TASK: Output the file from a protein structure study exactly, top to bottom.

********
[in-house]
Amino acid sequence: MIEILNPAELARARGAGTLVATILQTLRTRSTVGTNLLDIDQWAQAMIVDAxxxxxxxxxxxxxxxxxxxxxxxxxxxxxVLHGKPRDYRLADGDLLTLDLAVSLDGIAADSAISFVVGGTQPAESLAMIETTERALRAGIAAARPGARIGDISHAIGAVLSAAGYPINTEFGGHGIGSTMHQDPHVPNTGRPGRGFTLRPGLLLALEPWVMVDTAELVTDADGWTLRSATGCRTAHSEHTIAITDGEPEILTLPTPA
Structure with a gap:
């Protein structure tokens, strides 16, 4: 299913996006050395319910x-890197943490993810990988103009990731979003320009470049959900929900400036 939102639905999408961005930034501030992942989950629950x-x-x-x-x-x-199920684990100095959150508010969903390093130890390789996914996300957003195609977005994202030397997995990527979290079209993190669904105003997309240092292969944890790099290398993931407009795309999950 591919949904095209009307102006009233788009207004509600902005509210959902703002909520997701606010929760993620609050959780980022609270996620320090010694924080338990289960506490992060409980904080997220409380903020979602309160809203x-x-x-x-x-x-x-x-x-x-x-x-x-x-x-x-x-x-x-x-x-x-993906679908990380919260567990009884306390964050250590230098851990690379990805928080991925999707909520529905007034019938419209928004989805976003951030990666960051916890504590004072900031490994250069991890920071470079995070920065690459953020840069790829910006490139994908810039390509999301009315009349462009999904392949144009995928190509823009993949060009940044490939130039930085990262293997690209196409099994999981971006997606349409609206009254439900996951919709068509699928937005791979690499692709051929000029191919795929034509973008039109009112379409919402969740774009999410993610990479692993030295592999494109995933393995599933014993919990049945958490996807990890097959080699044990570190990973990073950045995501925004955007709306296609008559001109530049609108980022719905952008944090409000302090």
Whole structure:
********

[in-house]
Amino acid sequence: MIEILNPAELARARGAGTLVATILQTLRTRSTVGTNLLDIDQWAQAMIVDAxxxxxxxxxxxxxxxxxxxxxxxxxxxxxVLHGKPRDYRLADGDLLTLDLAVSLDGIAADSAISFVVGGTQPAESLAMIETTERALRAGIAAARPGARIGDISHAIGAVLSAAGYPINTEFGGHGIGSTMHQDPHVPNTGRPGRGFTLRPGLLLALEPWVMVDTAELVTDADGWTLRSATGCRTAHSEHTIAITDGEPEILTLPTPA
Structure with a gap:
């Protein structure tokens, strides 16, 4: 299913996006050395319910x-890197943490993810990988103009990731979003320009470049959900929900400036 939102639905999408961005930034501030992942989950629950x-x-x-x-x-x-199920684990100095959150508010969903390093130890390789996914996300957003195609977005994202030397997995990527979290079209993190669904105003997309240092292969944890790099290398993931407009795309999950 591919949904095209009307102006009233788009207004509600902005509210959902703002909520997701606010929760993620609050959780980022609270996620320090010694924080338990289960506490992060409980904080997220409380903020979602309160809203x-x-x-x-x-x-x-x-x-x-x-x-x-x-x-x-x-x-x-x-x-x-993906679908990380919260567990009884306390964050250590230098851990690379990805928080991925999707909520529905007034019938419209928004989805976003951030990666960051916890504590004072900031490994250069991890920071470079995070920065690459953020840069790829910006490139994908810039390509999301009315009349462009999904392949144009995928190509823009993949060009940044490939130039930085990262293997690209196409099994999981971006997606349409609206009254439900996951919709068509699928937005791979690499692709051929000029191919795929034509973008039109009112379409919402969740774009999410993610990479692993030295592999494109995933393995599933014993919990049945958490996807990890097959080699044990570190990973990073950045995501925004955007709306296609008559001109530049609108980022719905952008944090409000302090």
Whole structure: